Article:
• Joined: July 05

Posted 06 January 2007 - 15:26

Originally posted by Rob Miller
If, purely for my own amusement, I were to build a 1959 Maserati 250F V12 or 300S V12 using all new parts but 1959 technology, what would be any criticisms against this or similar projects?


I share your dream, although maybe my choice of cars is different. I'm thinking in terms of a shelby king cobra or a mckee mk 4. In my case the engine is relatively cheap, suspension uprights are available, wheels are available, etc. Transaxle is my big issue but I have a couple of plans for that. The rest is steel tubing and sheets of aluminum. I plan to learn panel beating as part of the process. I'm almost more excited about the crafting of it than driving it.

I think the whole thing comes down to not representing it as an original. And that might be fairly easy while you are still telling the story but what about the second or third owner. I think the owners of the scarab that was built in '83 for Lance's brother do a fairly good job of telling the story, although Augie grumbles about racing against it with it's modern brakes etc. Not sure if vintage racing was your goal or not.

You should definitely think about the global manufacturing environment for your specialty parts. They might be cheaper than you think. Friends of mine are building a line of scarab replicas and they got the most stunning aluminum bodies made in poland by former MiG fighter builders. It's just incredible, nice sanded finish, beautiful wire wrapped edges on the panels.

http://www.scarab-motorsports.com/

Chuck

Posted Image

#12 Alan Cox

Alan Cox
  • Member

  • 7,682 posts
  • Joined: March 03

Posted 06 January 2007 - 15:59

That craftsmanship looks superb, Chuck. Would they build me a MiG replica????

#13 Mistron

Mistron
  • Member

  • 852 posts
  • Joined: June 05

Posted 06 January 2007 - 18:27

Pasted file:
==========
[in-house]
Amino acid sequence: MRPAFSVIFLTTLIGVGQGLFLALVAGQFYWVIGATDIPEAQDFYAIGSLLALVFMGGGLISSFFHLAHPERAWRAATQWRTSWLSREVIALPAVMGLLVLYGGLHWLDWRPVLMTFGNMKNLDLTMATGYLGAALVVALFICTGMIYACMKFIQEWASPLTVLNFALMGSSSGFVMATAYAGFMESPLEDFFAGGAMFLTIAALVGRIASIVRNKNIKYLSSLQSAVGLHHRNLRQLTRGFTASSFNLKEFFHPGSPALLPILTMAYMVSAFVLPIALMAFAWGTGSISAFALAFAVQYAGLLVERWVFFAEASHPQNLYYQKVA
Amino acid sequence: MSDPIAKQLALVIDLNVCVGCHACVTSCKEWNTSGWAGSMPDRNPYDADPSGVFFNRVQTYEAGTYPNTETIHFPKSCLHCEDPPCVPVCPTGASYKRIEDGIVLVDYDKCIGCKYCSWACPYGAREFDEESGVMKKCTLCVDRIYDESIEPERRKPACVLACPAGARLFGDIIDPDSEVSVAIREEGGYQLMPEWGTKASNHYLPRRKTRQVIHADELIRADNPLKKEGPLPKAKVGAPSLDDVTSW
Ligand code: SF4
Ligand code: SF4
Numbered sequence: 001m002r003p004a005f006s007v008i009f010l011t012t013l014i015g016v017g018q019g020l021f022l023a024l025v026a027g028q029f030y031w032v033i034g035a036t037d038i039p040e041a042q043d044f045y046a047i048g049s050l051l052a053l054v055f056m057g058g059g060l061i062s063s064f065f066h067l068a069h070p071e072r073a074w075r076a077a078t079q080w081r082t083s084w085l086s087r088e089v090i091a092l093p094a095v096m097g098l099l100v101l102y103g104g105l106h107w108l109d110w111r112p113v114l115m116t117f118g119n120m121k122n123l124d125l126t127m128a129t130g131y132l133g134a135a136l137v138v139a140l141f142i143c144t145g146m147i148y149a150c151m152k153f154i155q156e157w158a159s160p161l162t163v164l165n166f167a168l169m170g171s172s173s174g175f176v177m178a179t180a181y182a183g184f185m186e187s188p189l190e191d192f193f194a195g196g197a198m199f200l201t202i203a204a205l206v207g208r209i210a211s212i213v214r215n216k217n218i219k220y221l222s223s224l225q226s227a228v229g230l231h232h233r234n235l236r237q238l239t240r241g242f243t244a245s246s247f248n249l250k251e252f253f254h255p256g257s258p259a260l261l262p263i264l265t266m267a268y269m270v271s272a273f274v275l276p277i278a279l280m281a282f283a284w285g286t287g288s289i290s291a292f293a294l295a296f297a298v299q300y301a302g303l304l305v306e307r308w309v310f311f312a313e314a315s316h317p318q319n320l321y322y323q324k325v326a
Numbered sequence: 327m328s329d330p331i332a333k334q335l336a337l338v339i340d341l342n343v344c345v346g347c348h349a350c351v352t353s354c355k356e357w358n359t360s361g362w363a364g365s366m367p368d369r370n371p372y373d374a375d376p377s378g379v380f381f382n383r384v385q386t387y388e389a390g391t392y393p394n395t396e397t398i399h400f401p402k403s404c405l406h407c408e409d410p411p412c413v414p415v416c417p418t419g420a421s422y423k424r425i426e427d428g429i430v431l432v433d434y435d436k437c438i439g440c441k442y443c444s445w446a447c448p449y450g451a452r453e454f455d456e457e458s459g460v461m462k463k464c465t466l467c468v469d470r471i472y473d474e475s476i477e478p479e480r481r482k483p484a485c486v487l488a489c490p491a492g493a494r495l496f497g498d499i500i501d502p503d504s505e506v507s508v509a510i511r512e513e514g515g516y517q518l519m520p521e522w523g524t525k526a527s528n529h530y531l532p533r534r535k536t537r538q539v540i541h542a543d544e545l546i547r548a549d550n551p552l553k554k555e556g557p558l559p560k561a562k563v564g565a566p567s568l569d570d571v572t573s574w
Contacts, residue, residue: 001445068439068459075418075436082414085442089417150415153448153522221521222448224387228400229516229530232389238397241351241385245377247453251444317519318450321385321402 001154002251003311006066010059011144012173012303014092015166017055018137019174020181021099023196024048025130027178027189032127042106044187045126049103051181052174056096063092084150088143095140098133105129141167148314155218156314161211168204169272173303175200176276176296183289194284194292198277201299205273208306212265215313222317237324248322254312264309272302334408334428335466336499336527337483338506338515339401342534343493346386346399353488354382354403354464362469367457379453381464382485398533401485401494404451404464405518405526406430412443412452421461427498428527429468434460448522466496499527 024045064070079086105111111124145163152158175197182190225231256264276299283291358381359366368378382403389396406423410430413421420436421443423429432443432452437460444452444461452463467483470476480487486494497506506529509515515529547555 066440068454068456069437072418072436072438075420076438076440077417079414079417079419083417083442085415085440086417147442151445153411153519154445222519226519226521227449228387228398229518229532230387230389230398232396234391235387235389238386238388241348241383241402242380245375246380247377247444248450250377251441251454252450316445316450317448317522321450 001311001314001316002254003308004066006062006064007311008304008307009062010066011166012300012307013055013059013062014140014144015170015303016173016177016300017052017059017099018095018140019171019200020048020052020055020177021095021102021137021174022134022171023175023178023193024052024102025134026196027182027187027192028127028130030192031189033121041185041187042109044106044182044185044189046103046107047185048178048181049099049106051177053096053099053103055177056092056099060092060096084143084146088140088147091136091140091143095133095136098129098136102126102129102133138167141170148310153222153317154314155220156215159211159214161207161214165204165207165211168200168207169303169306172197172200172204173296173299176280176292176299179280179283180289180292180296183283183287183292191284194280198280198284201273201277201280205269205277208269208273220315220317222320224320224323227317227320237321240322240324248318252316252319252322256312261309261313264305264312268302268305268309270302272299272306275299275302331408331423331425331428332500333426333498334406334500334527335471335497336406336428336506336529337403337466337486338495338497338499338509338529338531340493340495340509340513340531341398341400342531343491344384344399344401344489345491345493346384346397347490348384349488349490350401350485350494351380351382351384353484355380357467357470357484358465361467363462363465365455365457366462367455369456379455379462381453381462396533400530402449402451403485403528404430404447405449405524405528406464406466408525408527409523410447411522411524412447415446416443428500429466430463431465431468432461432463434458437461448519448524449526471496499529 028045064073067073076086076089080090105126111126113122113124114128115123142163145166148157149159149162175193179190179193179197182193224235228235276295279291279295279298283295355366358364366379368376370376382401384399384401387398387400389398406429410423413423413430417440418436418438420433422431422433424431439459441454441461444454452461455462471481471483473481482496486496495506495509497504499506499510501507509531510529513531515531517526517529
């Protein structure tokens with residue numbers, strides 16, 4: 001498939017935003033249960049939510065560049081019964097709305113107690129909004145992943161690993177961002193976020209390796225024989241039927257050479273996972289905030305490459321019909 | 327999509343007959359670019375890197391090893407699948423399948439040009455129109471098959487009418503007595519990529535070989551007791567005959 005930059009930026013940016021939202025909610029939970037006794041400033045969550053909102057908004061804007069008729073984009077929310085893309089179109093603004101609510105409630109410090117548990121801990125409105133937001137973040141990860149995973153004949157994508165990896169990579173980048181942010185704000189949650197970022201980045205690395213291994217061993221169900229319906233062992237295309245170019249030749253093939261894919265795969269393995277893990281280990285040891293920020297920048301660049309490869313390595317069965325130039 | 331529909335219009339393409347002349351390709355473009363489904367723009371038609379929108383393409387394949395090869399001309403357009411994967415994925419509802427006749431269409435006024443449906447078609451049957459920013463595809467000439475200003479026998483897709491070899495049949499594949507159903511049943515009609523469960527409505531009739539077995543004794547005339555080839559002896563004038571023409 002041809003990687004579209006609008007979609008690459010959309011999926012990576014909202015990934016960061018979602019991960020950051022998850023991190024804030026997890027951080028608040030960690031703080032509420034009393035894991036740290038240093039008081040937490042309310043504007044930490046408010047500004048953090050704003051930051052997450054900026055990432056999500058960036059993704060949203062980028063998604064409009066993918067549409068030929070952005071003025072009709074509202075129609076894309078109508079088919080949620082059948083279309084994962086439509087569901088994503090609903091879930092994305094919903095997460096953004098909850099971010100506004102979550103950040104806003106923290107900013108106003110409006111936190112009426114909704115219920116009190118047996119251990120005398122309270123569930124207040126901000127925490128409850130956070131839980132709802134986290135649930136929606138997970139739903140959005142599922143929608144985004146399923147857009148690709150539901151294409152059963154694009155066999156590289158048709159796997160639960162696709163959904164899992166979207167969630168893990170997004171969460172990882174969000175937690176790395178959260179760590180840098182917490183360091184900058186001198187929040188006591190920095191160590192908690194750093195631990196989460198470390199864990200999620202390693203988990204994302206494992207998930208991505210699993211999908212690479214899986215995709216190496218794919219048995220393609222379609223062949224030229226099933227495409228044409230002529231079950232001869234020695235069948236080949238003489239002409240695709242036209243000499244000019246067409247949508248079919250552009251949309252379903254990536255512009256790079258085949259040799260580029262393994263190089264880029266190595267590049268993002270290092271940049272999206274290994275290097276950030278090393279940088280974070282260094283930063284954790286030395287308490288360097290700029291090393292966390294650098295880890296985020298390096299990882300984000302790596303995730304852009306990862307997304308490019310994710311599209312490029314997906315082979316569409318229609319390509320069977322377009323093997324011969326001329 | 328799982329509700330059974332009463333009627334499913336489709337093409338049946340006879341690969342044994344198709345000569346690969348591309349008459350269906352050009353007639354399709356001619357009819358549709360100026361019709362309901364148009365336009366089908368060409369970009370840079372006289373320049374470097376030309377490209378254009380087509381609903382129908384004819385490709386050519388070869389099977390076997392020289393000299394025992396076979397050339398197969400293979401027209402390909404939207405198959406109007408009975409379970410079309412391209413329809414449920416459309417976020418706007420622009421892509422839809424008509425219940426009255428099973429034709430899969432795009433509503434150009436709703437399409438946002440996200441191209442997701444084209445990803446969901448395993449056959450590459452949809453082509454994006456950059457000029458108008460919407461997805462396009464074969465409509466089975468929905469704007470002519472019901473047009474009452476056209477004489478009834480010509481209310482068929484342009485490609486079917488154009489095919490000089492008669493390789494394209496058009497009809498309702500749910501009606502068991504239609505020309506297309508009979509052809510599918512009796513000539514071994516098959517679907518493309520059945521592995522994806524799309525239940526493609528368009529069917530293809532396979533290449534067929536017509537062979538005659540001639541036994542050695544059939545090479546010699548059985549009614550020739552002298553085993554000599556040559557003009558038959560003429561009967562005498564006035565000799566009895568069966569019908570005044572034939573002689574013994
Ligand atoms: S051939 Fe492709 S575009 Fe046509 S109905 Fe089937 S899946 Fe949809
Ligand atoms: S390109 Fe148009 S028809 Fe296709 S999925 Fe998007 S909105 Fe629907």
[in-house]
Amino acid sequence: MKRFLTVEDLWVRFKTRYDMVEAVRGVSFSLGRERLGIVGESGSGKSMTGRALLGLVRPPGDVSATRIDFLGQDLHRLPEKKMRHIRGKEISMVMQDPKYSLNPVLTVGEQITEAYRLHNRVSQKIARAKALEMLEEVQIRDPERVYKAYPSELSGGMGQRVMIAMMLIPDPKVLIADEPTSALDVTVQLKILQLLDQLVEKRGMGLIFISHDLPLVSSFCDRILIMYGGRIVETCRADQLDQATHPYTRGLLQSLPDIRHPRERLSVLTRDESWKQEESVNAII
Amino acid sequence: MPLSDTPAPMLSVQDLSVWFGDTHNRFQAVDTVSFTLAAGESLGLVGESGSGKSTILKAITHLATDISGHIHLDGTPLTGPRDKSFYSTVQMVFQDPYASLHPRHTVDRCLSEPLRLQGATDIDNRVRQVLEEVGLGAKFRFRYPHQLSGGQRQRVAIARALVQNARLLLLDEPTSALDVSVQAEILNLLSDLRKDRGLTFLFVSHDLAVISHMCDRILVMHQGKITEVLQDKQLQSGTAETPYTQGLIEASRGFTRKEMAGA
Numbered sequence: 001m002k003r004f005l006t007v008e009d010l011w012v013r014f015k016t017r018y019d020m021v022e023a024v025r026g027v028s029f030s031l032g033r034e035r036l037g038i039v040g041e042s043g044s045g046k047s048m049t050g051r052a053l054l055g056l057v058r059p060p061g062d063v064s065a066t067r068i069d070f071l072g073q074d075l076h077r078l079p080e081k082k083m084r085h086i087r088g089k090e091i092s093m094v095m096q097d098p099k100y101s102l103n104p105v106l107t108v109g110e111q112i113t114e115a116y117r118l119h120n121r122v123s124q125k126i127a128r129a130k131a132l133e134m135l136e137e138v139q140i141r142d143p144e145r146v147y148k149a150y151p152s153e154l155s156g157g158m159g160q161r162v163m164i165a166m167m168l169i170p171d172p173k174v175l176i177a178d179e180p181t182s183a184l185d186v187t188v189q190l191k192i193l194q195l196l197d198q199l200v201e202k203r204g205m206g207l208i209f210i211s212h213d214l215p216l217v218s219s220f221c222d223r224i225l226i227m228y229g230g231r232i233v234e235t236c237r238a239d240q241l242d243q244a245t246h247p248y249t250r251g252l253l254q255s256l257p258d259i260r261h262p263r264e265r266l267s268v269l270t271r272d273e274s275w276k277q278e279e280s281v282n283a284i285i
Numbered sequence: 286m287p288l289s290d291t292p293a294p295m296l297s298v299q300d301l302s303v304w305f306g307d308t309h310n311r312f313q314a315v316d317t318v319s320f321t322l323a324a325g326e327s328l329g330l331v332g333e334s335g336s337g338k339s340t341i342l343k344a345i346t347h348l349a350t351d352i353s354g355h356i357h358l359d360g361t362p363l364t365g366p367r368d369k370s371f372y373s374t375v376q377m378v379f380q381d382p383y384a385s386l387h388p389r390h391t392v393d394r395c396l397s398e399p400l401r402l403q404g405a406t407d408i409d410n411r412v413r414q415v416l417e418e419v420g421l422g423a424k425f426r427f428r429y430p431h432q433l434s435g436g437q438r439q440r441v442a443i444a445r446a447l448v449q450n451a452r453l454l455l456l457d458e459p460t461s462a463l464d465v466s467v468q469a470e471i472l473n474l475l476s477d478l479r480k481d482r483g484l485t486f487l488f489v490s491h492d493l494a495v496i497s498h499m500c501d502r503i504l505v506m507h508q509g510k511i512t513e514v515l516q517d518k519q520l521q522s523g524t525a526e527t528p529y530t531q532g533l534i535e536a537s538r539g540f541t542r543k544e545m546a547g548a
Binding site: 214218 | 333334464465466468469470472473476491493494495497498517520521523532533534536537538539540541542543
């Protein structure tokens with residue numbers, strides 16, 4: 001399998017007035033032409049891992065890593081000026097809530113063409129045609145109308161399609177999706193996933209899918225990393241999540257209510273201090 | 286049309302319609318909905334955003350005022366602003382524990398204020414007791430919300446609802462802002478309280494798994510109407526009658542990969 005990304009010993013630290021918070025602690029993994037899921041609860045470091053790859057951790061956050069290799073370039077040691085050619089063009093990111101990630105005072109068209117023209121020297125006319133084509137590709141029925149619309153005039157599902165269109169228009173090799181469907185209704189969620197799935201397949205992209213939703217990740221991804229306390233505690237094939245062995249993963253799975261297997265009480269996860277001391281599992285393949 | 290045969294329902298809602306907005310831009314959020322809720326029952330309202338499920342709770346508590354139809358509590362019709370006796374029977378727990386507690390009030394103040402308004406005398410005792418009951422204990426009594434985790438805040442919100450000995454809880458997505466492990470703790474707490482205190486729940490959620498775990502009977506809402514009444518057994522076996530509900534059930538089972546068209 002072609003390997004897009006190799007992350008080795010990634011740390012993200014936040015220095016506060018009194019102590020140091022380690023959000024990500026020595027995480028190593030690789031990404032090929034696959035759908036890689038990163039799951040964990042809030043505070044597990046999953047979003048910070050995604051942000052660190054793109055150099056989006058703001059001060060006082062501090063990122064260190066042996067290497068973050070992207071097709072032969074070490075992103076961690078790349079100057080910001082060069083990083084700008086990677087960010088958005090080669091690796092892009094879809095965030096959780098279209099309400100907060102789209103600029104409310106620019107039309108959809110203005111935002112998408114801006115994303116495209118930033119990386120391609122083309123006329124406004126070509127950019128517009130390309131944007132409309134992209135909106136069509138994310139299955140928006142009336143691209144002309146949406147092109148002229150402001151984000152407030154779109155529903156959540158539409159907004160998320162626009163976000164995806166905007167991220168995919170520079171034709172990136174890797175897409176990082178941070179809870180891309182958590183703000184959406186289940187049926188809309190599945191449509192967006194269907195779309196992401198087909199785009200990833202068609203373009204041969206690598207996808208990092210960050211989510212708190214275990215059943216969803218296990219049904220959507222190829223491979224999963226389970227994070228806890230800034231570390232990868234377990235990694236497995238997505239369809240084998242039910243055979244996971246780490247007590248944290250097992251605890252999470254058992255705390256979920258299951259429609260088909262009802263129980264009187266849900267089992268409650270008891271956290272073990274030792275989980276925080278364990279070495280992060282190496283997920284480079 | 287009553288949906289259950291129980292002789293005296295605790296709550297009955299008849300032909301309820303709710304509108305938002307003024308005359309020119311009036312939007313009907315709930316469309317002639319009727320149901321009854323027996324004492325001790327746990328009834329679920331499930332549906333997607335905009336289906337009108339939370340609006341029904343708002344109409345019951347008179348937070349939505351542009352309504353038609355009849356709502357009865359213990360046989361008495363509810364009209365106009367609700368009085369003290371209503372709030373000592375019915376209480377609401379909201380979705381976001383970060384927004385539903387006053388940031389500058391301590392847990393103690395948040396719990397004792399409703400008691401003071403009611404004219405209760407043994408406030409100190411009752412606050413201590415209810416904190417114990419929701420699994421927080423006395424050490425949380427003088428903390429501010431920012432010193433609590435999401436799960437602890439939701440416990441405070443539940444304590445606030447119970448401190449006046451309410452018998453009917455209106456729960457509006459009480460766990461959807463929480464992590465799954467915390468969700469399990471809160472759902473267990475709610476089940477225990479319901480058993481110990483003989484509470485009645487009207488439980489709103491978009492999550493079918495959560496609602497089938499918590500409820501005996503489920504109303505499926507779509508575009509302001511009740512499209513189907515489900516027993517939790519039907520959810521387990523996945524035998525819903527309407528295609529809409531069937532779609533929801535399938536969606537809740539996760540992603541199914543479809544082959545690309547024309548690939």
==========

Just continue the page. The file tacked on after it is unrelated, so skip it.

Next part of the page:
Ah, the Polish Mig people. I've been trying to find out how to contact them, I understand Kirkham motorsports Cobras have them on a fairly exclusive deal.

I'd be interested to get an idea of costs to do the body for my car, but can't seem to get hold of them.

I was going to do body in GRP, but have come round to the idea of alloy for originality, if not the cost!so am very interested to see the quality available.

I'm currently part way through drawing full size sections (on the hall wall, the biggest wall in the house!) from which I'll build a plywood buck (like the one of the Cobra SC on another thread).

If only I had the time (and skill) tolearn to use an english wheel

#14 Sharman

Sharman
  • Member

  • 2,541 posts
  • Joined: September 05

Posted 06 January 2007 - 22:14

Alan
I have a pal who is working in Moscow, if you give him a couple of bob he could probably get you a real one ;)
John

#15 Rob Miller

Rob Miller
  • Member

  • 197 posts
  • Joined: October 04

Posted 07 January 2007 - 08:25

Surely the V12 250F was from 1957, Rob.


Correct. My idea is to create something new that might have been.

If Maserati had been able to field a team of factory cars in 1959 they would have almost certainly been V12 powered. The chassis would have been similar to Colotti's Tec-Mec but hopefully with the 250F-type suspension that worked so well on Alfieri's Tipo 60 Birdcage. The Fantuzzi bodywork may or may not have had the nostril-nose or the high tail of the Temple Buell Piccolo, but more like his work on the 1959 Ferraris.

#16 petefenelon

petefenelon
  • Member

  • 4,815 posts
  • Joined: August 02

Posted 07 January 2007 - 09:26

Originally posted by Rob Miller
If, purely for my own amusement, I were to build a 1959 Maserati 250F V12 or 300S V12 using all new parts but 1959 technology, what would be any criticisms against this or similar projects?

And speaking of Maseratis, anyone for SpaItalia June 2/3?


You want to build a 'what might have been' car? - sounds fine to me. I'm sure it'll look great and run beautifully. As long as there's no intent to 'pass off' as a real car I can't see any objection - and the chance to see where the works might have gone had they continued racing would be fascinating.

I have no idea where you'd be able to race it, though, as with no FIA papers, no provenance and no genuine bits in it I think you'd have trouble getting entries... but what a fun thing to do!